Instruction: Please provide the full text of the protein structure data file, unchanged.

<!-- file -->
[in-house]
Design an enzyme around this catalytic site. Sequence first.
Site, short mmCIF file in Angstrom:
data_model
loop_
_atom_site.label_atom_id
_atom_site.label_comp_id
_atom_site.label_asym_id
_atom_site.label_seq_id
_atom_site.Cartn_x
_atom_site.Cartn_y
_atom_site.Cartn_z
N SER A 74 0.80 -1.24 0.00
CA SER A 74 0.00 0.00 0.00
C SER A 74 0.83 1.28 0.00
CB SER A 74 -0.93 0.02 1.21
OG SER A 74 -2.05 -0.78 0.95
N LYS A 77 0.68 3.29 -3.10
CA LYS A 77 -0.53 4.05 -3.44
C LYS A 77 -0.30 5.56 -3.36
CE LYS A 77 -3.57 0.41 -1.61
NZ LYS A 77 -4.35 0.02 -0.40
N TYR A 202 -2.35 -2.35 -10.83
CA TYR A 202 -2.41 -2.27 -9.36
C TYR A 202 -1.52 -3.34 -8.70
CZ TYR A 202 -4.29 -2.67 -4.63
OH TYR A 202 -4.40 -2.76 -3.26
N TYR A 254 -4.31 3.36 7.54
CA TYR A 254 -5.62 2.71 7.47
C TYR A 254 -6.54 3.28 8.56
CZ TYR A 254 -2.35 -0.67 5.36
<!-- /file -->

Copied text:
[in-house]
Design an enzyme around this catalytic site. Sequence first.
Site, short mmCIF file in Angstrom:
data_model
loop_
_atom_site.label_atom_id
_atom_site.label_comp_id
_atom_site.label_asym_id
_atom_site.label_seq_id
_atom_site.Cartn_x
_atom_site.Cartn_y
_atom_site.Cartn_z
N SER A 74 0.80 -1.24 0.00
CA SER A 74 0.00 0.00 0.00
C SER A 74 0.83 1.28 0.00
CB SER A 74 -0.93 0.02 1.21
OG SER A 74 -2.05 -0.78 0.95
N LYS A 77 0.68 3.29 -3.10
CA LYS A 77 -0.53 4.05 -3.44
C LYS A 77 -0.30 5.56 -3.36
CE LYS A 77 -3.57 0.41 -1.61
NZ LYS A 77 -4.35 0.02 -0.40
N TYR A 202 -2.35 -2.35 -10.83
CA TYR A 202 -2.41 -2.27 -9.36
C TYR A 202 -1.52 -3.34 -8.70
CZ TYR A 202 -4.29 -2.67 -4.63
OH TYR A 202 -4.40 -2.76 -3.26
N TYR A 254 -4.31 3.36 7.54
CA TYR A 254 -5.62 2.71 7.47
C TYR A 254 -6.54 3.28 8.56
CZ TYR A 254 -2.35 -0.67 5.36